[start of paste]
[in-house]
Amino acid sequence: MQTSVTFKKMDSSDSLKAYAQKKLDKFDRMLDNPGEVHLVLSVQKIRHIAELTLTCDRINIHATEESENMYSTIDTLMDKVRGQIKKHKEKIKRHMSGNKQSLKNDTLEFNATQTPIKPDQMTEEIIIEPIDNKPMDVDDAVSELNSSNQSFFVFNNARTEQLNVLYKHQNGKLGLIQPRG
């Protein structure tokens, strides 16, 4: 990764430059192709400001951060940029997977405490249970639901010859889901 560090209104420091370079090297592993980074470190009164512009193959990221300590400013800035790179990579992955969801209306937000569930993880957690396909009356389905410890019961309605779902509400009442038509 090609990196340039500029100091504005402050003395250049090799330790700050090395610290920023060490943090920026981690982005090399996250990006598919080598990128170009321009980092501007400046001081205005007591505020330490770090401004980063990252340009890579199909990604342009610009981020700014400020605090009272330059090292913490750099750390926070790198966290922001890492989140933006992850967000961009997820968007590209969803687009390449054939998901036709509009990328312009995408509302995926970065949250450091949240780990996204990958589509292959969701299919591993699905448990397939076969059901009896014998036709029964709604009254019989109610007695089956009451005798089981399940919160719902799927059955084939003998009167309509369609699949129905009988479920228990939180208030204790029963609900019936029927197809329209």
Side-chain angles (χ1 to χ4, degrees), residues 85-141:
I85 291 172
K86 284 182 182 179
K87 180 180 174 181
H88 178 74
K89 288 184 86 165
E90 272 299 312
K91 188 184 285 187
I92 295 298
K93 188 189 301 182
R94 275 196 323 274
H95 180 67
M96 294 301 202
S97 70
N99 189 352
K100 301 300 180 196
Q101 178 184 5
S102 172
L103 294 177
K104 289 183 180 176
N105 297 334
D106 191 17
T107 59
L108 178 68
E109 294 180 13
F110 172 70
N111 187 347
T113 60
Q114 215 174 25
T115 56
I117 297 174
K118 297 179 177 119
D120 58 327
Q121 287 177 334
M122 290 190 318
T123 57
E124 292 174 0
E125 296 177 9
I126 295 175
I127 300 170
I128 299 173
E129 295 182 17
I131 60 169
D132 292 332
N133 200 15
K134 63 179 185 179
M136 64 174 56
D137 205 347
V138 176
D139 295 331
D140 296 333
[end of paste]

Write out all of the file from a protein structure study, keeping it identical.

[in-house]
Amino acid sequence: MQTSVTFKKMDSSDSLKAYAQKKLDKFDRMLDNPGEVHLVLSVQKIRHIAELTLTCDRINIHATEESENMYSTIDTLMDKVRGQIKKHKEKIKRHMSGNKQSLKNDTLEFNATQTPIKPDQMTEEIIIEPIDNKPMDVDDAVSELNSSNQSFFVFNNARTEQLNVLYKHQNGKLGLIQPRG
């Protein structure tokens, strides 16, 4: 990764430059192709400001951060940029997977405490249970639901010859889901 560090209104420091370079090297592993980074470190009164512009193959990221300590400013800035790179990579992955969801209306937000569930993880957690396909009356389905410890019961309605779902509400009442038509 090609990196340039500029100091504005402050003395250049090799330790700050090395610290920023060490943090920026981690982005090399996250990006598919080598990128170009321009980092501007400046001081205005007591505020330490770090401004980063990252340009890579199909990604342009610009981020700014400020605090009272330059090292913490750099750390926070790198966290922001890492989140933006992850967000961009997820968007590209969803687009390449054939998901036709509009990328312009995408509302995926970065949250450091949240780990996204990958589509292959969701299919591993699905448990397939076969059901009896014998036709029964709604009254019989109610007695089956009451005798089981399940919160719902799927059955084939003998009167309509369609699949129905009988479920228990939180208030204790029963609900019936029927197809329209």
Side-chain angles (χ1 to χ4, degrees), residues 85-141:
I85 291 172
K86 284 182 182 179
K87 180 180 174 181
H88 178 74
K89 288 184 86 165
E90 272 299 312
K91 188 184 285 187
I92 295 298
K93 188 189 301 182
R94 275 196 323 274
H95 180 67
M96 294 301 202
S97 70
N99 189 352
K100 301 300 180 196
Q101 178 184 5
S102 172
L103 294 177
K104 289 183 180 176
N105 297 334
D106 191 17
T107 59
L108 178 68
E109 294 180 13
F110 172 70
N111 187 347
T113 60
Q114 215 174 25
T115 56
I117 297 174
K118 297 179 177 119
D120 58 327
Q121 287 177 334
M122 290 190 318
T123 57
E124 292 174 0
E125 296 177 9
I126 295 175
I127 300 170
I128 299 173
E129 295 182 17
I131 60 169
D132 292 332
N133 200 15
K134 63 179 185 179
M136 64 174 56
D137 205 347
V138 176
D139 295 331
D140 296 333